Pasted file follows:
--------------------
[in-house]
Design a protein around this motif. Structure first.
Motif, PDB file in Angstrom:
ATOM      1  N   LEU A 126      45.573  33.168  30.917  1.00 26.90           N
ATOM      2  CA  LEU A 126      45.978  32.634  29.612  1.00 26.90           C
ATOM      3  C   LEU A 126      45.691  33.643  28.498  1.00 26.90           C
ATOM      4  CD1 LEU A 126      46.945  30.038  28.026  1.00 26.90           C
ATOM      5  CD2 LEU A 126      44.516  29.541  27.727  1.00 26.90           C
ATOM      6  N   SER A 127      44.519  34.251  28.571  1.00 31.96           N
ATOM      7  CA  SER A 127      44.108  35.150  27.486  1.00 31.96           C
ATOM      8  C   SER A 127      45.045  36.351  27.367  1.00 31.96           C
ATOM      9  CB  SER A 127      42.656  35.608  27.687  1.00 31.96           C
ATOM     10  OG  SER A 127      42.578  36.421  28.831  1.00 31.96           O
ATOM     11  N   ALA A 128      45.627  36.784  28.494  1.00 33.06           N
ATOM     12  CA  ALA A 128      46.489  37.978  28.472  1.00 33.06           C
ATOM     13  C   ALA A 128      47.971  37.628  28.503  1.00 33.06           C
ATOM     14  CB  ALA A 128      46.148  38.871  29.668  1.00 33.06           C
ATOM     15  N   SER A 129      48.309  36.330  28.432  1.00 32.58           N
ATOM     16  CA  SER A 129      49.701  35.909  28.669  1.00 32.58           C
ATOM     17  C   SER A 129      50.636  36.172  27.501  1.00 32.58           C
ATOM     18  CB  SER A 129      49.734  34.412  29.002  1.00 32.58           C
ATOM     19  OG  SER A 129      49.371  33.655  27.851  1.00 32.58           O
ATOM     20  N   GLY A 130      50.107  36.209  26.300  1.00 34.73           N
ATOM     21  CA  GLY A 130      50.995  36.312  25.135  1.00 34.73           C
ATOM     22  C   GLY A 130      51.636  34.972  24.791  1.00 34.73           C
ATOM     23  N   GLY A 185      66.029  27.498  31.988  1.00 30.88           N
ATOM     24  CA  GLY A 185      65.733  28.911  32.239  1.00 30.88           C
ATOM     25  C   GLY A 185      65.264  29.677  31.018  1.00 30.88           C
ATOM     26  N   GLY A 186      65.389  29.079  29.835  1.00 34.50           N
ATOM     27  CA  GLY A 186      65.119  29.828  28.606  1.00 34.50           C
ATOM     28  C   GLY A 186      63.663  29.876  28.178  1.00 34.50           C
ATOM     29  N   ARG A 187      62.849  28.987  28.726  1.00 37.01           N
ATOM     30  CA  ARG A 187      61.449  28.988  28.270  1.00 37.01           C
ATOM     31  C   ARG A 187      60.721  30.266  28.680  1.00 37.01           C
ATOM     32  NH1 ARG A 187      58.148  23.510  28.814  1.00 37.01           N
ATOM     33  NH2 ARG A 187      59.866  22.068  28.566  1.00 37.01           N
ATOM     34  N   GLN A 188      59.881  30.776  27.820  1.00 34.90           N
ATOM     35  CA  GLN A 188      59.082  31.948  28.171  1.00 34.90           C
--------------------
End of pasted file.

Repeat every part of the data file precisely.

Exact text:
[in-house]
Design a protein around this motif. Structure first.
Motif, PDB file in Angstrom:
ATOM      1  N   LEU A 126      45.573  33.168  30.917  1.00 26.90           N
ATOM      2  CA  LEU A 126      45.978  32.634  29.612  1.00 26.90           C
ATOM      3  C   LEU A 126      45.691  33.643  28.498  1.00 26.90           C
ATOM      4  CD1 LEU A 126      46.945  30.038  28.026  1.00 26.90           C
ATOM      5  CD2 LEU A 126      44.516  29.541  27.727  1.00 26.90           C
ATOM      6  N   SER A 127      44.519  34.251  28.571  1.00 31.96           N
ATOM      7  CA  SER A 127      44.108  35.150  27.486  1.00 31.96           C
ATOM      8  C   SER A 127      45.045  36.351  27.367  1.00 31.96           C
ATOM      9  CB  SER A 127      42.656  35.608  27.687  1.00 31.96           C
ATOM     10  OG  SER A 127      42.578  36.421  28.831  1.00 31.96           O
ATOM     11  N   ALA A 128      45.627  36.784  28.494  1.00 33.06           N
ATOM     12  CA  ALA A 128      46.489  37.978  28.472  1.00 33.06           C
ATOM     13  C   ALA A 128      47.971  37.628  28.503  1.00 33.06           C
ATOM     14  CB  ALA A 128      46.148  38.871  29.668  1.00 33.06           C
ATOM     15  N   SER A 129      48.309  36.330  28.432  1.00 32.58           N
ATOM     16  CA  SER A 129      49.701  35.909  28.669  1.00 32.58           C
ATOM     17  C   SER A 129      50.636  36.172  27.501  1.00 32.58           C
ATOM     18  CB  SER A 129      49.734  34.412  29.002  1.00 32.58           C
ATOM     19  OG  SER A 129      49.371  33.655  27.851  1.00 32.58           O
ATOM     20  N   GLY A 130      50.107  36.209  26.300  1.00 34.73           N
ATOM     21  CA  GLY A 130      50.995  36.312  25.135  1.00 34.73           C
ATOM     22  C   GLY A 130      51.636  34.972  24.791  1.00 34.73           C
ATOM     23  N   GLY A 185      66.029  27.498  31.988  1.00 30.88           N
ATOM     24  CA  GLY A 185      65.733  28.911  32.239  1.00 30.88           C
ATOM     25  C   GLY A 185      65.264  29.677  31.018  1.00 30.88           C
ATOM     26  N   GLY A 186      65.389  29.079  29.835  1.00 34.50           N
ATOM     27  CA  GLY A 186      65.119  29.828  28.606  1.00 34.50           C
ATOM     28  C   GLY A 186      63.663  29.876  28.178  1.00 34.50           C
ATOM     29  N   ARG A 187      62.849  28.987  28.726  1.00 37.01           N
ATOM     30  CA  ARG A 187      61.449  28.988  28.270  1.00 37.01           C
ATOM     31  C   ARG A 187      60.721  30.266  28.680  1.00 37.01           C
ATOM     32  NH1 ARG A 187      58.148  23.510  28.814  1.00 37.01           N
ATOM     33  NH2 ARG A 187      59.866  22.068  28.566  1.00 37.01           N
ATOM     34  N   GLN A 188      59.881  30.776  27.820  1.00 34.90           N
ATOM     35  CA  GLN A 188      59.082  31.948  28.171  1.00 34.90           C